Managing Work and Personal Space A Need of Today
Many professionals still struggle to get past their presumptions — and their deeply set behaviours — around work hours, despite the overwhelming data that suggests that working long hours can be detrimental to both employees and companies.
What steps must you take to break free from these destructive habits and achieve a work-life balance that is more enduring and satisfying?
We conducted nearly 200 in-depth interviews with 78 professionals from the London offices of a major law firm and an accounting firm to investigate this subject. We spoke with an equal number of men and women, and the majority of the interviewees were in middle or senior management positions, between the ages of 30 and 50, with at least one dependent kid.
Most interviewees rated their employment as being chaotic, extremely demanding, and stressful, and many appeared to assume that putting in long hours was important for their professional success. Nevertheless, roughly 30% of the men and 50% of the women in our sample seemed to actively avoid putting in long hours, outlining a number of tactics they had developed to preserve a better work-life balance.
Our research showed a typical mental process that regularly assisted this group of professionals in improving the way they worked and lived, despite the fact that the specifics of each individual case varied.
Our research demonstrated that, at a high level, improving the balance between work and personal priorities comes down to a combination of reflexivity — or challenging presumptions to raise self-awareness — and deliberate role redefinition. Importantly, our research reveals that this is a cycle that we must continue to engage in as our circumstances and objectives change rather than a one-time fix. There are five distinct steps in this cycle:
To denormalize, pause:
The first step in creating a new work-life integration that meets your needs is to take some time to reflect on how the many aspects of your life are affecting one another. Take a moment to reflect on your present work-life balance and gauge your feelings. You might consider the following issues:
Do I spend enough time doing the things I really want to do?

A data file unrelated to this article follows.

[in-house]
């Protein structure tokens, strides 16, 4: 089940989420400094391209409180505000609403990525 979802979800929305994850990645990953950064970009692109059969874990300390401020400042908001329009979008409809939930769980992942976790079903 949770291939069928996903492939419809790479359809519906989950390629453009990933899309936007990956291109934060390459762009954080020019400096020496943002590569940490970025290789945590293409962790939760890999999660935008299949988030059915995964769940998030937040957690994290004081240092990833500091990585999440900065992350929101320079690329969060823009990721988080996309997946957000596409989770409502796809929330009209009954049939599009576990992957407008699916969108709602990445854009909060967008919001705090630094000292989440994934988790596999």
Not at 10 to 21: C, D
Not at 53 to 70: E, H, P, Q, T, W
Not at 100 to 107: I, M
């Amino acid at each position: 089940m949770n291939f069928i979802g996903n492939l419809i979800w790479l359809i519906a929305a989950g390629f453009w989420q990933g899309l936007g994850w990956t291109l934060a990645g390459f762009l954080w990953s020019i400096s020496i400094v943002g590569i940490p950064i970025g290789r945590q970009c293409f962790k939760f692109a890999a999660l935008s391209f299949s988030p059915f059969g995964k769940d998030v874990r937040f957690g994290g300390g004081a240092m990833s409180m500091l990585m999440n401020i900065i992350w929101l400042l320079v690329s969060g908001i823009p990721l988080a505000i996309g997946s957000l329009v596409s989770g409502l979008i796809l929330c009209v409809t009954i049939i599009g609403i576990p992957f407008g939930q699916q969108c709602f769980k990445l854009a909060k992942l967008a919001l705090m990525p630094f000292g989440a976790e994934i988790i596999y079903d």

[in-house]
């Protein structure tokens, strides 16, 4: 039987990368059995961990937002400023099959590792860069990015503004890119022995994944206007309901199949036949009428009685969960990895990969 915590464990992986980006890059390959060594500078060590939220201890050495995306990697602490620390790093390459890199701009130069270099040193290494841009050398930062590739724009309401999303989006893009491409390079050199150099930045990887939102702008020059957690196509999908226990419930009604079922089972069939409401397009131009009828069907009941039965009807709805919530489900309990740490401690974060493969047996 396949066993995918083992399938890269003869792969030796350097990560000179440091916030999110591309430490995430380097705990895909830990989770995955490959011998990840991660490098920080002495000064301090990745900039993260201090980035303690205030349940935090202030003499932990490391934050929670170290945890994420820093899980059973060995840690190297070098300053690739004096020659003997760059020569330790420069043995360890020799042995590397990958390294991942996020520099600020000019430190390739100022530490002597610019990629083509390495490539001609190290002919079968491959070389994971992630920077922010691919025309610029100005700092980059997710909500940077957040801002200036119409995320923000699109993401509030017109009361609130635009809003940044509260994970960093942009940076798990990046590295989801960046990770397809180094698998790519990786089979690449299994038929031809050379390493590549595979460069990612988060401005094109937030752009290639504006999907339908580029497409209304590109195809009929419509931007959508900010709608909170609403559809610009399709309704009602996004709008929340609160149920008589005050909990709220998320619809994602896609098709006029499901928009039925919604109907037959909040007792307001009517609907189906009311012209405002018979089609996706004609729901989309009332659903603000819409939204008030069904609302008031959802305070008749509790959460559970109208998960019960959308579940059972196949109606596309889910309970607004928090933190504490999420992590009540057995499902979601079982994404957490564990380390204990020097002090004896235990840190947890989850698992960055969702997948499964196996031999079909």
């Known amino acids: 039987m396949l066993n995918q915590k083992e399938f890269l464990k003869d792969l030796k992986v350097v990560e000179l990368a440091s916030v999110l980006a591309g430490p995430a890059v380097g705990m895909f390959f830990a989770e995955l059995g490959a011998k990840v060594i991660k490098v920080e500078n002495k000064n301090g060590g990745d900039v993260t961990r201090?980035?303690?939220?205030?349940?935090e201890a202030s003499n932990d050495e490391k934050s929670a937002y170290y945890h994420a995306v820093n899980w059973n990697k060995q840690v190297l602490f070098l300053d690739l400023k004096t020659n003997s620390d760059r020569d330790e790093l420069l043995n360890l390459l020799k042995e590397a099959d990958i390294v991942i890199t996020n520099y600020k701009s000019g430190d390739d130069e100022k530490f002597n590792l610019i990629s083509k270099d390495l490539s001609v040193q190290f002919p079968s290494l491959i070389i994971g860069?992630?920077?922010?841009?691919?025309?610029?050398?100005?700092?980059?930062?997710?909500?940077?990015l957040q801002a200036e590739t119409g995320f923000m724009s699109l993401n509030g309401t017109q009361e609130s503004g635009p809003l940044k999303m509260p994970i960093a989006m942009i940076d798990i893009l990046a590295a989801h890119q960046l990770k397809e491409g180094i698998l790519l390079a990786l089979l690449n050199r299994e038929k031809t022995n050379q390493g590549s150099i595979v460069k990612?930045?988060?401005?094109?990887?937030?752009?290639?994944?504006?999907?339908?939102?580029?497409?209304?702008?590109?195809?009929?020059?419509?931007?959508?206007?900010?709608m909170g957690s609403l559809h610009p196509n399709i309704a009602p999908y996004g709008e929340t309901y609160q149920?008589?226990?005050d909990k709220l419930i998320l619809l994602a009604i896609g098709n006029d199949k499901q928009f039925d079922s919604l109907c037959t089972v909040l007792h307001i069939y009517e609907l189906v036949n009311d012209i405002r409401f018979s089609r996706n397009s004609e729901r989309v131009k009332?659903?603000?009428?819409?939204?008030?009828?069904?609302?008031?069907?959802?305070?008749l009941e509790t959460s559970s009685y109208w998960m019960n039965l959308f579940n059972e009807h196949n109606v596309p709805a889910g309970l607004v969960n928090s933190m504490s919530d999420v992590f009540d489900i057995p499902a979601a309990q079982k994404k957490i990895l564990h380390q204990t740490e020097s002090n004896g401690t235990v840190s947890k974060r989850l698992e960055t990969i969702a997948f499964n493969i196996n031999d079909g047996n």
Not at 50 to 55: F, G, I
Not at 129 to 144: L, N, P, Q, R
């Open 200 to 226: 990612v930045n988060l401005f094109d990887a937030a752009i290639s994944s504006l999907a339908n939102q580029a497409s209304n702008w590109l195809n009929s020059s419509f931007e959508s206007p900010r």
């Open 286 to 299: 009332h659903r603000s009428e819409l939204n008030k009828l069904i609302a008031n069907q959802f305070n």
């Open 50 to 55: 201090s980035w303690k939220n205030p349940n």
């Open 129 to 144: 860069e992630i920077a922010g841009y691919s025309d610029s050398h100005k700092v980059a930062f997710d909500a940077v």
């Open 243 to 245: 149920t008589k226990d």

Am I giving the people and things that are important to me enough time and effort?
Writing down your thoughts and feelings as you process these difficult personal questions might be a helpful method to pinpoint the areas you believe require the most improvement. In the end, these inquiries ought to give you more insight into your present circumstance.
Ask yourself this question after taking a step back: What is currently making me anxious, unbalanced, or unsatisfied? How are these circumstances influencing my performance at work and my level of engagement? What effect are they having on my personal life? What am I putting first? What am I giving up? What is losing one’s way? You can only start to address these concerns once you stop and acknowledge them in your mind.
Make a priority assessment:
You should start deciding what you want to prioritise as soon as you have a clearer understanding of what you’d like to change. You might ponder the following issues:
What matters most to me, and am I making enough progress?
Where am I able to give in? How can I not? Where have I been compromising too much lately?
What more steps can I take to make sure I’m giving my objectives and relationships enough time and effort?
Where can I combine my obligations so that I can fulfil several at once?
Utilization of time:
It’s critical to learn how to better manage your time now that you are aware of your goals, whether that means putting in more time at work to pursue a promotion or limiting after-hours communications by setting boundaries.
Examine how you currently spend your time and, if possible, seek for methods to rework your calendar. To focus on one subject at a time, you can “chunk” your time. You can also utilise a matrix method to decide what to prioritise when suddenly new duties come up. To increase your productivity and wellbeing, find out more about time management.
Setting limits is an essential aspect of time management. Also crucial will be communicating those boundaries. Your team will need to be informed if you are unable to swiftly react to emails after hours because you are spending time with your family.
There are three types of work boundaries: time, emotional, and physical. Create modest boundaries at first, then enlarge them. Find out more about improving your boundary-setting at work.
Think, refine, and repeat:
Whatever steps you determine are necessary to achieve a healthy work-life balance, you should be aware that you will probably need to keep improving it over time. Large-scale life changes can take time, so periodically reviewing and improving your strategy will probably be an essential part of the process.
Agrita Chhibber is from Jammu.
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